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My Life; My Dad; The Himalaya

I just walked into my dad's room. He is in deep sleep, and has a baby-like happiness and calmness on his face. I've seen his Lewy Body Dementia (LBD) progressing further over the last few months to a point where he spends his entire day on the bed.
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I just walked into my dad's room. He is in deep sleep, and has a baby-like happiness and calmness on his face. I've seen his Lewy Body Dementia (LBD) progressing further over the last few months to a point where he spends his entire day on the bed. His body is growing thinner and thinner by the day; he's basically skin and bones now. Today he actually has a pronounced six pack, as there is no longer much fat left in his body - a slightly funny concept if I'm trying to find humor in the situation. It's hard to see him die slowly day-by-day, and easy to be frustrated that there is no cure for Dementia, and none in sight for years to come. I'm overcome by intense sadness, a deep feeling of regret that I never got to know what kind of a person he was. This regret will haunt me for rest of my life.

I never do this in front of my family - but I cry a lot when no one's around. I'm crying right now as I write this. It's hard to see a free adventurous soul - my dad - in this state. I still remember my first meeting with my dad's neuropsychologist back in 2004. She clearly told me - Dementia is a progressive degenerative disorder. In a few years, your dad will be a vegetable. I can't explain how shocking and hurtful it was to hear those words, however, she continued - it's best to accept this fact emotionally and move on, be strong, and focus your energy to give him the best quality of life possible. It took a couple of years to understand what she meant, but I, along with the rest of my family, eventually got there. However, there are times when I truly miss him. But what I know for sure is that my dad lived life on his terms and was an absolute adventurer. I don't think he would have any regrets of his own. My dad didn't know this was going to happen to him; any regrets are only mine. I wish I had taken the time to get to know him better. I wish I had taken a strong stance and opposed his unhealthy lifestyle habits that most likely led to his current condition. I wish we were a stronger family back then, and wish that we did not wait for this to happen to us to bring us closer together.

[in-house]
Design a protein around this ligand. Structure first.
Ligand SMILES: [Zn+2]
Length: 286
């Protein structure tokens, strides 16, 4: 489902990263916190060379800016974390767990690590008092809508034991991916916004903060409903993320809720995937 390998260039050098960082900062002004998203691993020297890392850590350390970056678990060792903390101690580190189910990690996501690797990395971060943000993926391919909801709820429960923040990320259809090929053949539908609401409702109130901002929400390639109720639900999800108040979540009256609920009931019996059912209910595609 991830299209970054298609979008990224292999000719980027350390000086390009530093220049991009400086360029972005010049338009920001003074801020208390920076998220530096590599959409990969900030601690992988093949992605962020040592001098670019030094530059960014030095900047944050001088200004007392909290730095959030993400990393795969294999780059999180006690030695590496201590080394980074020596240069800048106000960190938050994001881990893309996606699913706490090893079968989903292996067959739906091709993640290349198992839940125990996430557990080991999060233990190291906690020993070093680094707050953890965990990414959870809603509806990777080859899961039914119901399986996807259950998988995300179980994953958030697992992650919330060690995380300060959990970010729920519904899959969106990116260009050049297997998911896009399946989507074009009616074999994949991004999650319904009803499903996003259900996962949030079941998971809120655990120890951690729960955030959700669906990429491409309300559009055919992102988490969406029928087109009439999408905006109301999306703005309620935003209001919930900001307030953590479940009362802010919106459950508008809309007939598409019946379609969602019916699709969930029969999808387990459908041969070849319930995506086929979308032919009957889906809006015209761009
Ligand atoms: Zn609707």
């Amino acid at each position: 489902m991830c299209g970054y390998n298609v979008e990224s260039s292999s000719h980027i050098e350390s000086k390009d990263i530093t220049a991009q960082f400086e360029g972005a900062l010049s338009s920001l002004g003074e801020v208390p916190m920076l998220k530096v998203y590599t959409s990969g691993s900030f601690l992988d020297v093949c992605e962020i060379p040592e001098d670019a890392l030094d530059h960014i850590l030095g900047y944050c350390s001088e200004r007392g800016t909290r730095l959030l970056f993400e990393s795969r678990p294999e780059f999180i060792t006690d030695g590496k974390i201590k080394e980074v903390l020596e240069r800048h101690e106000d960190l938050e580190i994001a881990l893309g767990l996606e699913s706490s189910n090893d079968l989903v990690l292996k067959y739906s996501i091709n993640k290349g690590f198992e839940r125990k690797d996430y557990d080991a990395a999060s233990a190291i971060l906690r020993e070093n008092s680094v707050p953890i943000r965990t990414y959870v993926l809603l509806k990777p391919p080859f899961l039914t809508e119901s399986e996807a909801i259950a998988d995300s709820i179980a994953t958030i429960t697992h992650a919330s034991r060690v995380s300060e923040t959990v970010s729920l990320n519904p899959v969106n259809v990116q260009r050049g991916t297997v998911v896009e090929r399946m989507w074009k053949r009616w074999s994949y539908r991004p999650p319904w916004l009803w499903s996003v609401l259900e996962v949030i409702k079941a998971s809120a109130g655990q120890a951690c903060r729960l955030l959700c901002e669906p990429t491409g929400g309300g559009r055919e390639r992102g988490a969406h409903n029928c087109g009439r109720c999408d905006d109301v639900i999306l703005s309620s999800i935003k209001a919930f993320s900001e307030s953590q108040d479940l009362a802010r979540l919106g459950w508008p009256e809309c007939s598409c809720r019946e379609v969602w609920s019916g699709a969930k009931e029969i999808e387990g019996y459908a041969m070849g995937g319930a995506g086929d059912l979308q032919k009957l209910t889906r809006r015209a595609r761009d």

Today my father is my son. He is a one-year-old infant in the body of a 63 year old man. Instead of being sad and beat-down about his condition, we celebrate my father every day. We love him as a parent would love and care for their newborn. And we have been enjoying this journey of a very different kind of parenthood. It is also during this journey that I found solace in the Himalaya. Several people ask me -- Why do you go to the Himalaya? And even though I have several reasons, I don't think any of those reasons would seem logical to these people.

Sometimes I feel that I see my father in the Himalaya - metaphorically. I consider the Himalaya my mentor, my friend, my well-wisher, and someone on whom I can always count. These are qualities that one looks for in their parents, and ones I found in the Himalaya. And so for me, the famous John Muir saying "Going to mountains is like going home" is actually true. When I am in the Himalaya, I am with my father. People think I am crazy and take too much risk while climbing mountains. Some people even think I am going on ego trips. But most of them don't know that I'm just going to the Himalaya to be with my father.

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